Indeed, there appears to be a growing discontent. Or, at least, social conservatives believe they are about to be thrown under the bus. For example, during a recent seminar hosted by First Things magazine, the topic came up, and as Rod Dreher notes,
“One commenter said that 2016 is going to be the year the Republican Party stiffs Christian conservatives. Another who is involved in elite conservative political circles said that the longstanding tension between libertarians and traditionalists within the conservative movement is breaking out into open contempt by libertarians against the trads. The libertarians have all the money, and are coming to believe they can win without the anchor of social conservatives.”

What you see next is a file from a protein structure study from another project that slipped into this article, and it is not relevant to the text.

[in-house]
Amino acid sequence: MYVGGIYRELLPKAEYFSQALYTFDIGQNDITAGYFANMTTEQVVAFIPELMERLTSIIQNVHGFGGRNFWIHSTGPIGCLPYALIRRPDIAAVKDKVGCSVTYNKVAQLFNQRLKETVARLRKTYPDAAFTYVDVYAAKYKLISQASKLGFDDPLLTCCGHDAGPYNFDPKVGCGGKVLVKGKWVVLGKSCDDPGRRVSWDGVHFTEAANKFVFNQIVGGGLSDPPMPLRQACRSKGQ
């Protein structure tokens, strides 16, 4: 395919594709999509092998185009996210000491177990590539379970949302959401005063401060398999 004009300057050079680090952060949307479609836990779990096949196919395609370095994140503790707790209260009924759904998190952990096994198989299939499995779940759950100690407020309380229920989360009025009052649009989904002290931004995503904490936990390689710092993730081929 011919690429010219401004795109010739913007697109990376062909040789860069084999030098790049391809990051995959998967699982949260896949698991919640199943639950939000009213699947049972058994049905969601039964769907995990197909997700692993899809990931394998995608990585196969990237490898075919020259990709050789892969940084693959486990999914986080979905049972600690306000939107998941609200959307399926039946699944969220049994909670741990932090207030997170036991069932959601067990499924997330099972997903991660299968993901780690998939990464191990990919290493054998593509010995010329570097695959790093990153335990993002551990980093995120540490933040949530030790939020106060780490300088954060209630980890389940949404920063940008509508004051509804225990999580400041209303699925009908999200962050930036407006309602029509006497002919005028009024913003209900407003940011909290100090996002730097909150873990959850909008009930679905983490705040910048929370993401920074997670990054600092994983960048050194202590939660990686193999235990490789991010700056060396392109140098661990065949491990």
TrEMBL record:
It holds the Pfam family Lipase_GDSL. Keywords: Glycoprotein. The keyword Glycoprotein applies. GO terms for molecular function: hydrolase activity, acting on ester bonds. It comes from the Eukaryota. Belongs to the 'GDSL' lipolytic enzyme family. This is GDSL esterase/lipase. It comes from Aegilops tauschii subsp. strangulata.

For the sake of argument, let’s assume there is a growing schism. In that case, this excerpt from Michael Wear’s column in the Atlantic should demonstrate why it’s still in the best interest of traditional conservatives and libertarians to find a way to make fusionism work:
“When Americans don’t have family to care for them, government must step in to provide those services. For instance, Matthew Zill at the Brookings Institution points out that state and federal governments spend billions of dollars each year to care for children in foster care—$9 billion through Title IV-Eof the Social Security Act alone. There are longer-term costs for children who grow up outside of safe, permanent families as well, including the $5.1 billion the government spends incarcerating former foster-care youth each year.”
This is perhaps the best argument for conservatives and libertarians staying together — that the breakdown of family inexorably leads to more governmental intervention. Whether you’re at First Things or Reason, it makes sense to focus on the family.